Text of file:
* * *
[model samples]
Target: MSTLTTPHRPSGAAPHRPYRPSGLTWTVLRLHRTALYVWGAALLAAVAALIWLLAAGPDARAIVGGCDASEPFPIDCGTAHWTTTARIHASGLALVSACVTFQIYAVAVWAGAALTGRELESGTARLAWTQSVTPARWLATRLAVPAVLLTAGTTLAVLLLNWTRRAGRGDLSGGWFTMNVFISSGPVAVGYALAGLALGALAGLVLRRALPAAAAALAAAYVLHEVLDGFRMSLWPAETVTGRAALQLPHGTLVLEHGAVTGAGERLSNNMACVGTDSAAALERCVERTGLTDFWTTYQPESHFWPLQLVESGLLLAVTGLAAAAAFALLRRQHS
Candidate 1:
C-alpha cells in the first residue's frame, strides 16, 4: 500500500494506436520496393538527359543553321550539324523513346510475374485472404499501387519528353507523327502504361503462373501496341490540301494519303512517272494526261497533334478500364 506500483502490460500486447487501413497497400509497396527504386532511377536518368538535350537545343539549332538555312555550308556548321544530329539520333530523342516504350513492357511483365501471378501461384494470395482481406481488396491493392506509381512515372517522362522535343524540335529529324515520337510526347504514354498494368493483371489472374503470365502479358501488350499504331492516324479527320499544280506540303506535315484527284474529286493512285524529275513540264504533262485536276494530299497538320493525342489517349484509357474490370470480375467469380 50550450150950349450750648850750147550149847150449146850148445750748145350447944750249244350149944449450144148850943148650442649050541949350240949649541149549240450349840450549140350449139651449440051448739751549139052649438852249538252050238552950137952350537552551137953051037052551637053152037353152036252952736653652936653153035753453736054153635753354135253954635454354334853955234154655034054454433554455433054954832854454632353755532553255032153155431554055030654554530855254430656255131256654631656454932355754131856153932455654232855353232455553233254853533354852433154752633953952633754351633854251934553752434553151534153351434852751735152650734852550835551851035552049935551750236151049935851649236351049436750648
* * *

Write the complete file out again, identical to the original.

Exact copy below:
[model samples]
Target: MSTLTTPHRPSGAAPHRPYRPSGLTWTVLRLHRTALYVWGAALLAAVAALIWLLAAGPDARAIVGGCDASEPFPIDCGTAHWTTTARIHASGLALVSACVTFQIYAVAVWAGAALTGRELESGTARLAWTQSVTPARWLATRLAVPAVLLTAGTTLAVLLLNWTRRAGRGDLSGGWFTMNVFISSGPVAVGYALAGLALGALAGLVLRRALPAAAAALAAAYVLHEVLDGFRMSLWPAETVTGRAALQLPHGTLVLEHGAVTGAGERLSNNMACVGTDSAAALERCVERTGLTDFWTTYQPESHFWPLQLVESGLLLAVTGLAAAAAFALLRRQHS
Candidate 1:
C-alpha cells in the first residue's frame, strides 16, 4: 500500500494506436520496393538527359543553321550539324523513346510475374485472404499501387519528353507523327502504361503462373501496341490540301494519303512517272494526261497533334478500364 506500483502490460500486447487501413497497400509497396527504386532511377536518368538535350537545343539549332538555312555550308556548321544530329539520333530523342516504350513492357511483365501471378501461384494470395482481406481488396491493392506509381512515372517522362522535343524540335529529324515520337510526347504514354498494368493483371489472374503470365502479358501488350499504331492516324479527320499544280506540303506535315484527284474529286493512285524529275513540264504533262485536276494530299497538320493525342489517349484509357474490370470480375467469380 50550450150950349450750648850750147550149847150449146850148445750748145350447944750249244350149944449450144148850943148650442649050541949350240949649541149549240450349840450549140350449139651449440051448739751549139052649438852249538252050238552950137952350537552551137953051037052551637053152037353152036252952736653652936653153035753453736054153635753354135253954635454354334853955234154655034054454433554455433054954832854454632353755532553255032153155431554055030654554530855254430656255131256654631656454932355754131856153932455654232855353232455553233254853533354852433154752633953952633754351633854251934553752434553151534153351434852751735152650734852550835551851035552049935551750236151049935851649236351049436750648